Telephone: +216 71 322 715
Full Address: 28 rue Jameul Abdelnaceur, Floor 1, Suite 1
Organisation Contact Name: Achref Aouadi, Founder
We are a Tunisian watchdog group created after the Tunisian revolution in 2011. We gather motivated young men and women, whose average age is 23 to 24, from different regions of the country to enhance transparency and fight corruption through projects related to the UNCAC. We follow two main principles: no exclusion and no trusteeship. By trusteeship, we mean that youths should have a bigger role and not be “babysat” by the older generation under the pretext that they lack experience. Instead, they should stand up for themselves and their rights.
How did your organisation get involved in the Coalition?
In a training session in South Africa, I WATCH was introduced to the UNCAC Coalition. Seeing the importance of the Coalition’s work and the UNCAC review mechanism, we joined right away — the first Tunisian NGO to do so.
What do you find most exciting about UNCAC work?
Working on the UNCAC, especially in countries where fighting corruption is not institutionalised, makes us feel that we are part of history. Working closely with the government and other civil society organisations on whistleblower protection, asset declaration and asset recovery gives us the feeling that we are an agent of change for the good of people.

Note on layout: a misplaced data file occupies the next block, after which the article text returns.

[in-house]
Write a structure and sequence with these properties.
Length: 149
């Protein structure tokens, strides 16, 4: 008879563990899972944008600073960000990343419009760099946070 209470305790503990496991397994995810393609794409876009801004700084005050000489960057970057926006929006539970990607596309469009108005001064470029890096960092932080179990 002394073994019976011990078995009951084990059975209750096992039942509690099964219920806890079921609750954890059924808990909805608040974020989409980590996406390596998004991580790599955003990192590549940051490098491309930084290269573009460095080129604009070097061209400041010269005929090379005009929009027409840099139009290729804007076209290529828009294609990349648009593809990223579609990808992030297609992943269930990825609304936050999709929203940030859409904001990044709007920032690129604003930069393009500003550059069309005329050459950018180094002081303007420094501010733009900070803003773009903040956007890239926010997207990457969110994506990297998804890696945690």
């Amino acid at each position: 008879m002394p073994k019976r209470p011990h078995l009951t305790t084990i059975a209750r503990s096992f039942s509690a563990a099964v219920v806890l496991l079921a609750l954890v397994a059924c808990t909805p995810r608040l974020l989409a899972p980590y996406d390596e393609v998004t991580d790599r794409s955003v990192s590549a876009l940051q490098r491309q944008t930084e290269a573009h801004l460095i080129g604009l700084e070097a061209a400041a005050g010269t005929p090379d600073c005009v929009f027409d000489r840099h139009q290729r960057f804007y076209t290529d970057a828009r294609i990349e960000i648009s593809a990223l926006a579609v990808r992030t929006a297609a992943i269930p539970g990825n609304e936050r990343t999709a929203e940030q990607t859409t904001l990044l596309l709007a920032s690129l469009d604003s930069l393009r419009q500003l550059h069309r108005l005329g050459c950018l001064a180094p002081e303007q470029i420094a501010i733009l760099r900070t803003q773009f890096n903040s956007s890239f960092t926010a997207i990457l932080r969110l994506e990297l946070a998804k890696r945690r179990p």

What, if any, UNCAC related activities have you been involved in?
I WATCH organised roundtables across Tunisia to make people familiar with the UNCAC. We also led a project with the UN Office on Drugs and Crime on engaging the private sector in the UNCAC review mechanism. We are part of the civil society team assisting the government in completing its self-assessment on UNCAC implementation in Tunisia and in the review mechanism in general.
What UNCAC related activities/work are you most looking forward to?
Since Tunisia is undergoing a review this year, we are working full speed on the process with a government expert team. We are looking forward to the fifth Conference of the States Party to the UNCAC (COSP) in November 2013 in Panama, where we will present a joint report on the review mechanism as part of a civil society coalition of five organizations that has been assisting the government in this effort. We are also looking forward to the second cycle of the UNCAC review process, especially Chapter 2, on preventive measures and how civil society can play a larger role advocating for better legal frameworks and raising awareness about fighting corruption.
What is your group’s greatest accomplishment so far?
In the Oct. 23 presidential and legislative elections in Tunisia, I WATCH was the only civil society group to publish a primary report on the vote. We are the only organisation in the history of Tunisia to observe university elections, too.